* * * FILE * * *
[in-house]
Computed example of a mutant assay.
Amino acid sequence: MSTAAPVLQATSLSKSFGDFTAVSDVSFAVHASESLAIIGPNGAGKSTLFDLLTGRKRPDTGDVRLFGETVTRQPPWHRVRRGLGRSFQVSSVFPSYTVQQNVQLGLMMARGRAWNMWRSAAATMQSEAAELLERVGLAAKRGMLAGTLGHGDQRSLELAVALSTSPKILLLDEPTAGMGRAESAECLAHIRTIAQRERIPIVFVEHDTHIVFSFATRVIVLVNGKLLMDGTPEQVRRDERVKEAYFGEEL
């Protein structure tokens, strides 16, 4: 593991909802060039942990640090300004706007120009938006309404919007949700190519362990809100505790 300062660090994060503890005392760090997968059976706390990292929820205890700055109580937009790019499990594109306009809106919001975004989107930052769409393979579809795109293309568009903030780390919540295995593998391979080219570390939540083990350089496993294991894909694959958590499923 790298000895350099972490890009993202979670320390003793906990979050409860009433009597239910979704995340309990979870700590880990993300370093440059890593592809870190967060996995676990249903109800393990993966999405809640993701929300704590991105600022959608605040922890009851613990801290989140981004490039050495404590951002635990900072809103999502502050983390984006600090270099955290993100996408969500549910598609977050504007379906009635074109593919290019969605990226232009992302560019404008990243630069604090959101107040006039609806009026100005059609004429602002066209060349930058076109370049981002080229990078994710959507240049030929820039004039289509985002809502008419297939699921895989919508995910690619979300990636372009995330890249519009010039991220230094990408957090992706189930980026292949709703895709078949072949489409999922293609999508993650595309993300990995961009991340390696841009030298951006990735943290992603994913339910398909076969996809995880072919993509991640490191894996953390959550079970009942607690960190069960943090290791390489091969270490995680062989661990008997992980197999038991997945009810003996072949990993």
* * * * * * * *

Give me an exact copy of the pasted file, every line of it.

[in-house]
Computed example of a mutant assay.
Amino acid sequence: MSTAAPVLQATSLSKSFGDFTAVSDVSFAVHASESLAIIGPNGAGKSTLFDLLTGRKRPDTGDVRLFGETVTRQPPWHRVRRGLGRSFQVSSVFPSYTVQQNVQLGLMMARGRAWNMWRSAAATMQSEAAELLERVGLAAKRGMLAGTLGHGDQRSLELAVALSTSPKILLLDEPTAGMGRAESAECLAHIRTIAQRERIPIVFVEHDTHIVFSFATRVIVLVNGKLLMDGTPEQVRRDERVKEAYFGEEL
């Protein structure tokens, strides 16, 4: 593991909802060039942990640090300004706007120009938006309404919007949700190519362990809100505790 300062660090994060503890005392760090997968059976706390990292929820205890700055109580937009790019499990594109306009809106919001975004989107930052769409393979579809795109293309568009903030780390919540295995593998391979080219570390939540083990350089496993294991894909694959958590499923 790298000895350099972490890009993202979670320390003793906990979050409860009433009597239910979704995340309990979870700590880990993300370093440059890593592809870190967060996995676990249903109800393990993966999405809640993701929300704590991105600022959608605040922890009851613990801290989140981004490039050495404590951002635990900072809103999502502050983390984006600090270099955290993100996408969500549910598609977050504007379906009635074109593919290019969605990226232009992302560019404008990243630069604090959101107040006039609806009026100005059609004429602002066209060349930058076109370049981002080229990078994710959507240049030929820039004039289509985002809502008419297939699921895989919508995910690619979300990636372009995330890249519009010039991220230094990408957090992706189930980026292949709703895709078949072949489409999922293609999508993650595309993300990995961009991340390696841009030298951006990735943290992603994913339910398909076969996809995880072919993509991640490191894996953390959550079970009942607690960190069960943090290791390489091969270490995680062989661990008997992980197999038991997945009810003996072949990993």